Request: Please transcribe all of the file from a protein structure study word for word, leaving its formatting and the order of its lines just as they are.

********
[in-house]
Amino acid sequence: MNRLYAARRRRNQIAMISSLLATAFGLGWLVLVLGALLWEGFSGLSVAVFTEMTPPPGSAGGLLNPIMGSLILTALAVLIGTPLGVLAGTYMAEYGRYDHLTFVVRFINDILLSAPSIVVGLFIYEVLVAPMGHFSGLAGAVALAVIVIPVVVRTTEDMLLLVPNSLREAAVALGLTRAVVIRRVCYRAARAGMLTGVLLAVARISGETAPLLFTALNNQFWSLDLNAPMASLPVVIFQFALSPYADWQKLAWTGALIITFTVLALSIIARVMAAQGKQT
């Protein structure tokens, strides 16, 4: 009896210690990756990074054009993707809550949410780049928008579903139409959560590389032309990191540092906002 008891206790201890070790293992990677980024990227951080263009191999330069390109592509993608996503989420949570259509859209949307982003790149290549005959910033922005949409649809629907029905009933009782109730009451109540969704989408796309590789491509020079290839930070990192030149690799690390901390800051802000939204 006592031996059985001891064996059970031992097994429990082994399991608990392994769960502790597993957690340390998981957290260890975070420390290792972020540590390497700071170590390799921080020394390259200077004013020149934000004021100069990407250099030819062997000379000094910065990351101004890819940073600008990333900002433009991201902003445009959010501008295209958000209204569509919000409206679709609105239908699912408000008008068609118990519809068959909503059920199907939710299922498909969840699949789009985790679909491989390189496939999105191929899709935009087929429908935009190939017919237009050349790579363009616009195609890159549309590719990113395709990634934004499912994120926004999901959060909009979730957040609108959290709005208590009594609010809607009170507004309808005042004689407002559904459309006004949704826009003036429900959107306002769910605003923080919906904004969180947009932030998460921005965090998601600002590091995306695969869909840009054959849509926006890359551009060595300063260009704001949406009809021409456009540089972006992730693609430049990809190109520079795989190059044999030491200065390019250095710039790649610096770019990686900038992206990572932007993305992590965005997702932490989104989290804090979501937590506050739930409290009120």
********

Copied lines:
[in-house]
Amino acid sequence: MNRLYAARRRRNQIAMISSLLATAFGLGWLVLVLGALLWEGFSGLSVAVFTEMTPPPGSAGGLLNPIMGSLILTALAVLIGTPLGVLAGTYMAEYGRYDHLTFVVRFINDILLSAPSIVVGLFIYEVLVAPMGHFSGLAGAVALAVIVIPVVVRTTEDMLLLVPNSLREAAVALGLTRAVVIRRVCYRAARAGMLTGVLLAVARISGETAPLLFTALNNQFWSLDLNAPMASLPVVIFQFALSPYADWQKLAWTGALIITFTVLALSIIARVMAAQGKQT
């Protein structure tokens, strides 16, 4: 009896210690990756990074054009993707809550949410780049928008579903139409959560590389032309990191540092906002 008891206790201890070790293992990677980024990227951080263009191999330069390109592509993608996503989420949570259509859209949307982003790149290549005959910033922005949409649809629907029905009933009782109730009451109540969704989408796309590789491509020079290839930070990192030149690799690390901390800051802000939204 006592031996059985001891064996059970031992097994429990082994399991608990392994769960502790597993957690340390998981957290260890975070420390290792972020540590390497700071170590390799921080020394390259200077004013020149934000004021100069990407250099030819062997000379000094910065990351101004890819940073600008990333900002433009991201902003445009959010501008295209958000209204569509919000409206679709609105239908699912408000008008068609118990519809068959909503059920199907939710299922498909969840699949789009985790679909491989390189496939999105191929899709935009087929429908935009190939017919237009050349790579363009616009195609890159549309590719990113395709990634934004499912994120926004999901959060909009979730957040609108959290709005208590009594609010809607009170507004309808005042004689407002559904459309006004949704826009003036429900959107306002769910605003923080919906904004969180947009932030998460921005965090998601600002590091995306695969869909840009054959849509926006890359551009060595300063260009704001949406009809021409456009540089972006992730693609430049990809190109520079795989190059044999030491200065390019250095710039790649610096770019990686900038992206990572932007993305992590965005997702932490989104989290804090979501937590506050739930409290009120």